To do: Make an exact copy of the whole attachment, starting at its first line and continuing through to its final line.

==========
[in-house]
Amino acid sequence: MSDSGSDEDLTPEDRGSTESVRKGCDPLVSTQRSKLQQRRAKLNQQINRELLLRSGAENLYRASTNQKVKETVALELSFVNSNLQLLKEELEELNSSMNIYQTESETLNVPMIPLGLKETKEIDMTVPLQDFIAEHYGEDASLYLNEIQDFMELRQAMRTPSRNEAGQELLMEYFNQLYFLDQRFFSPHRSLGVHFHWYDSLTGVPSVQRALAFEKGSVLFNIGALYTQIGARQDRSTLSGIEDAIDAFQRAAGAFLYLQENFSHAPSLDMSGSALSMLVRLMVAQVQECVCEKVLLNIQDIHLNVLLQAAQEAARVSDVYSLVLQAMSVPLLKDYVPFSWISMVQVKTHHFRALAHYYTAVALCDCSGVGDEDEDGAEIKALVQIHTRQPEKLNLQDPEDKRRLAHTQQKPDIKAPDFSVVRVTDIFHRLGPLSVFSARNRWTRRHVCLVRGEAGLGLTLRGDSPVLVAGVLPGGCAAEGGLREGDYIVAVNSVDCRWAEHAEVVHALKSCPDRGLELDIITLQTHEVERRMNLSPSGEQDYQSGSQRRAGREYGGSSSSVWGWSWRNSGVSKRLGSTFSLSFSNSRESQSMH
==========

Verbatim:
[in-house]
Amino acid sequence: MSDSGSDEDLTPEDRGSTESVRKGCDPLVSTQRSKLQQRRAKLNQQINRELLLRSGAENLYRASTNQKVKETVALELSFVNSNLQLLKEELEELNSSMNIYQTESETLNVPMIPLGLKETKEIDMTVPLQDFIAEHYGEDASLYLNEIQDFMELRQAMRTPSRNEAGQELLMEYFNQLYFLDQRFFSPHRSLGVHFHWYDSLTGVPSVQRALAFEKGSVLFNIGALYTQIGARQDRSTLSGIEDAIDAFQRAAGAFLYLQENFSHAPSLDMSGSALSMLVRLMVAQVQECVCEKVLLNIQDIHLNVLLQAAQEAARVSDVYSLVLQAMSVPLLKDYVPFSWISMVQVKTHHFRALAHYYTAVALCDCSGVGDEDEDGAEIKALVQIHTRQPEKLNLQDPEDKRRLAHTQQKPDIKAPDFSVVRVTDIFHRLGPLSVFSARNRWTRRHVCLVRGEAGLGLTLRGDSPVLVAGVLPGGCAAEGGLREGDYIVAVNSVDCRWAEHAEVVHALKSCPDRGLELDIITLQTHEVERRMNLSPSGEQDYQSGSQRRAGREYGGSSSSVWGWSWRNSGVSKRLGSTFSLSFSNSRESQSMH